AS schedules are like any other major airline. Your pax airline days? Didn't you go regional to Fedex? If so, regional schedules are absolute crap compared to majors so it's not a fair comparison. Circadian flips and night hub sorts will shorten your lifespan. It's one thing to only do a redeye here or there, but constant night flying (and worse, sitting a 3 hr night hub sort) just jacks up the body long term. I'd be curious to see a post-retirement lifespan comparison of UPS/Fedex compared to the big 5 pax majors?
 

MikeOH58

Well-Known Member
I have flown 91, 91k and 135. I have flown for the "pinnacle" fractional ownership jet company and I can tell everyone without a doubt, if you like that garbage more than walking in, turning left, sipping coffee and making way more money than any other facet within the industry, you are freaking insane.
Just curious, did you fly large cabin business jets? I ask because although not the rule, I think the potential for an amazing career in Part 91 business aviation is significantly increased in a *NEW* Global/Gulfstream/Falcon versus a Citation, Lear, Phenom etc...Yes there are crap jobs flying new large cabin business jets but as I often preach, if you are going to stay in business aviation that is what I would shoot for. New/In-production is key - GIV's, Falcon 900B's etc are a poor rich mans ride these days and employment will likely reflect that.
 

GypsyPilot

Well-Known Member
AS schedules are like any other major airline. Your pax airline days? Didn't you go regional to Fedex? If so, regional schedules are absolute crap compared to majors so it's not a fair comparison. Circadian flips and night hub sorts will shorten your lifespan. It's one thing to only do a redeye here or there, but constant night flying (and worse, sitting a 3 hr night hub sort) just jacks up the body long term. I'd be curious to see a post-retirement lifespan comparison of UPS/Fedex compared to the big 5 pax majors?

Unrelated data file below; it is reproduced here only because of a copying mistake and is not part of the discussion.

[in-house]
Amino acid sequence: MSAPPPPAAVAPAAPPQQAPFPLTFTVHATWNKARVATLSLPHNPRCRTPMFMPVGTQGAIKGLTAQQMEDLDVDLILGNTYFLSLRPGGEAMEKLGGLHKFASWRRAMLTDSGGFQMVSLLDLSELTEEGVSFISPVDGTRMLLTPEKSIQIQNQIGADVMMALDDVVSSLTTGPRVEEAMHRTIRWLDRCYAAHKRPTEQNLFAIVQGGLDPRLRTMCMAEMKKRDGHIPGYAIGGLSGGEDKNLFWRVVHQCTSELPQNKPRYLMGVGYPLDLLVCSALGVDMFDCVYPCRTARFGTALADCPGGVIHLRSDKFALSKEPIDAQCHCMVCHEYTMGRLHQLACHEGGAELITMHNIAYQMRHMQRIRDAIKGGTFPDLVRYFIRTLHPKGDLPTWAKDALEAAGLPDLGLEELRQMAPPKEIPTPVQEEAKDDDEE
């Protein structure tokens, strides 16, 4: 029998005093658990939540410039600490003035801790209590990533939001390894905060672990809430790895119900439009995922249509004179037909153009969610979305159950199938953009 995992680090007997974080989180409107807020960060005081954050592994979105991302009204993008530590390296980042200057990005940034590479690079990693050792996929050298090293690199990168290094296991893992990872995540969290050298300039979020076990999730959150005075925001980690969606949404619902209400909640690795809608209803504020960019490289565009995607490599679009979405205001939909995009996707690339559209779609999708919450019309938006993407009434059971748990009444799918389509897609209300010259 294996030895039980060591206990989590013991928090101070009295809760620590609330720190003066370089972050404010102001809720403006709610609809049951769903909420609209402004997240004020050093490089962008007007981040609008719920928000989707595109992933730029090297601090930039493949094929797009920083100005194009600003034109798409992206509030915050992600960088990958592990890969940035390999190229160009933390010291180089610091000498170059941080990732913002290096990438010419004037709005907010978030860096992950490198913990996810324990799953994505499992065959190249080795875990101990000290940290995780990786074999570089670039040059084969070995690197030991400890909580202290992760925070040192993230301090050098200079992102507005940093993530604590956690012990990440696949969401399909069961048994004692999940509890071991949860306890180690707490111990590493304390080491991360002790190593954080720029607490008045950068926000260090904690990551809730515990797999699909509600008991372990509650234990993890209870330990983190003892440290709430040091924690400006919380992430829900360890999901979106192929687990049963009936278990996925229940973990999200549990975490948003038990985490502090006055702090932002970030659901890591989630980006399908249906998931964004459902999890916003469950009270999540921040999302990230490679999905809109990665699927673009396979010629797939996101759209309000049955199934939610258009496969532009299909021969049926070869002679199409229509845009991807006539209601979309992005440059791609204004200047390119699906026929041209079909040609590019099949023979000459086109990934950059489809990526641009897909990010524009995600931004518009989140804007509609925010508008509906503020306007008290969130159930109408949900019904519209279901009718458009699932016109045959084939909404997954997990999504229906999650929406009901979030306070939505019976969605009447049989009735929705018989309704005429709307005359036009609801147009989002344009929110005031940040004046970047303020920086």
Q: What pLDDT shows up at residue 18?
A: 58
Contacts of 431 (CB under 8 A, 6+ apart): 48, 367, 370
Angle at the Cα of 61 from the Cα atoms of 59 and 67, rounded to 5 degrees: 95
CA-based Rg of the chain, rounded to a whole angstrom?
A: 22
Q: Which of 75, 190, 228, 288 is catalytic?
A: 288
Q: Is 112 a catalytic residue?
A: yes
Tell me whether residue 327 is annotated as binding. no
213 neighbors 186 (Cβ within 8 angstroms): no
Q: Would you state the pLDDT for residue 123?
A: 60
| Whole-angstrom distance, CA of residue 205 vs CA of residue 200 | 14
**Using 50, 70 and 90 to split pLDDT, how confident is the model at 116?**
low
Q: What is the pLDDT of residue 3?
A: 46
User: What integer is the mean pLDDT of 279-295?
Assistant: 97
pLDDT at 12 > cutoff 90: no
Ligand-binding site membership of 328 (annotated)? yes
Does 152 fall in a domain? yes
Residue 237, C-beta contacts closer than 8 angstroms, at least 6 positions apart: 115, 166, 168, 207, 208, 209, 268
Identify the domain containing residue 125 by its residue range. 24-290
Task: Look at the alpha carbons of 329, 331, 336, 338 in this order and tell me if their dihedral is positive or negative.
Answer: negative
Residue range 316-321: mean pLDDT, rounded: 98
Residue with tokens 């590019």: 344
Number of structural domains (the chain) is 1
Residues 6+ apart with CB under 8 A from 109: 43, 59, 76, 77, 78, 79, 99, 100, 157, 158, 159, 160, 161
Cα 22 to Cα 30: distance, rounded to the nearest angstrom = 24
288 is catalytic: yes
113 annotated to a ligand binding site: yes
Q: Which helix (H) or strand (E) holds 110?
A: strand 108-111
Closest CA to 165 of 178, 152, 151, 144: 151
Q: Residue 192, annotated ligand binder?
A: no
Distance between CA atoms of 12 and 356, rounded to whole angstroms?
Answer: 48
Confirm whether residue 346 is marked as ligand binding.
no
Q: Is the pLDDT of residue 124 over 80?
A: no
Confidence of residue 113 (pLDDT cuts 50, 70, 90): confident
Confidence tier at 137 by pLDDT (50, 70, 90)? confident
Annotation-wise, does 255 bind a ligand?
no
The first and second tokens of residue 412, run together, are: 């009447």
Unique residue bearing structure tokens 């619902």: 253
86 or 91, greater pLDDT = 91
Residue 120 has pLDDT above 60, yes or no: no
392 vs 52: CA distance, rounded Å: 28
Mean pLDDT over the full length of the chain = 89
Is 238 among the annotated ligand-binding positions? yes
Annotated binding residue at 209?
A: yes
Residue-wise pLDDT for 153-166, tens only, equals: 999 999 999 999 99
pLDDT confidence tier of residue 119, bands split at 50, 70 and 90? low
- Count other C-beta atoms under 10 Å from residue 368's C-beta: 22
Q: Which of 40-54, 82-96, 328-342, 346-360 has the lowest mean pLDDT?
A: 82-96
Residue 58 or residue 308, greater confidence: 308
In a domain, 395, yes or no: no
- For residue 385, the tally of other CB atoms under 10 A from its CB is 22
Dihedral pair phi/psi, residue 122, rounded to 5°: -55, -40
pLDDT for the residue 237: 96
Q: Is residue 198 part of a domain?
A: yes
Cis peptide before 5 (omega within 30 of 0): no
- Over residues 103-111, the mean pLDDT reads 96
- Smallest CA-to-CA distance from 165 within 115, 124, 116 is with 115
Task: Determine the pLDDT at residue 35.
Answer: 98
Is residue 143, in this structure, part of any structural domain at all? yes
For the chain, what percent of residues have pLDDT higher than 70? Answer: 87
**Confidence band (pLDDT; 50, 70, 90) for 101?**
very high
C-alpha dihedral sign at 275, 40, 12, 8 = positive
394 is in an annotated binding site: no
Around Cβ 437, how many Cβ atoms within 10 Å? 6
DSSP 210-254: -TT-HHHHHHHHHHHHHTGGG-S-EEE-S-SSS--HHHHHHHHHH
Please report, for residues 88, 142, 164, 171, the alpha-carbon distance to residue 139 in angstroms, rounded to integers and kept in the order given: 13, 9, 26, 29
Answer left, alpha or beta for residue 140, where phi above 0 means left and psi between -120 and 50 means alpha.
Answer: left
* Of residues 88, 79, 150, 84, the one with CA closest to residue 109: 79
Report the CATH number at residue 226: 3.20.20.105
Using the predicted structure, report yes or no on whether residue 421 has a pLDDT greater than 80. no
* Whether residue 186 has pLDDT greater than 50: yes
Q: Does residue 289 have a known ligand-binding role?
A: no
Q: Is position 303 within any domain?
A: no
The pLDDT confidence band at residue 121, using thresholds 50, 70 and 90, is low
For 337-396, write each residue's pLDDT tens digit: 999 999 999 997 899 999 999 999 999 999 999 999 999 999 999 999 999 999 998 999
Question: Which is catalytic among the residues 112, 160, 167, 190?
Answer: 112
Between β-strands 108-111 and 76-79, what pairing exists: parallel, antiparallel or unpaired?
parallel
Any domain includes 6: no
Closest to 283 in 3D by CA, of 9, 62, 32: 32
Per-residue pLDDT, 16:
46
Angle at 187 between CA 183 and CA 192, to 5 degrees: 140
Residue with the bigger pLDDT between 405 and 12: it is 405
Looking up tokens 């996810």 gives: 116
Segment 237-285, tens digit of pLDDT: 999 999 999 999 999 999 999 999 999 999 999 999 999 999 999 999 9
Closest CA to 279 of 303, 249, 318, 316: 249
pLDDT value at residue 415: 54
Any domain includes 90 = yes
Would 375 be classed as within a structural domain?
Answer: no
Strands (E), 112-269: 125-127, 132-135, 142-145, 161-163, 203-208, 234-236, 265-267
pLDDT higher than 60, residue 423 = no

I did go from a regional to FedEx. But I also don’t do much of the flying you mentioned above. I haven’t done a night hub turn since new hire IOE.

The thing about this place is that there truly is something for everyone. You can do day flying, long haul international, sweet RFO trips, trips with overnights in your hometown, etc.

The local hometown stuff likely involves some hub turning, but if the trip starts and ends with a DH in you base, you’re basically doing a 3 day that pays like a 5 day. Do three of those a month, and you’re done. There’s a reason we have a lot of ex-Major and Legacy guys here.
 
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Inverted

The journey is the meat in the goal sandwich
Just curious, did you fly large cabin business jets? I ask because although not the rule, I think the potential for an amazing career in Part 91 business aviation is significantly increased in a *NEW* Global/Gulfstream/Falcon versus a Citation, Lear, Phenom etc...Yes there are crap jobs flying new large cabin business jets but as I often preach, if you are going to stay in business aviation that is what I would shoot for. New/In-production is key - GIV's, Falcon 900B's etc are a poor rich mans ride these days and employment will likely reflect that.
I didn't fly anything large cabin, but watching friends in the industry, it seemed like the larger the airplane, the large the suitcase. I can count on one hand the amount of people I know who have better QOL than I do, and I might have fingers left over. There are always exceptions to the rule though, that's for sure.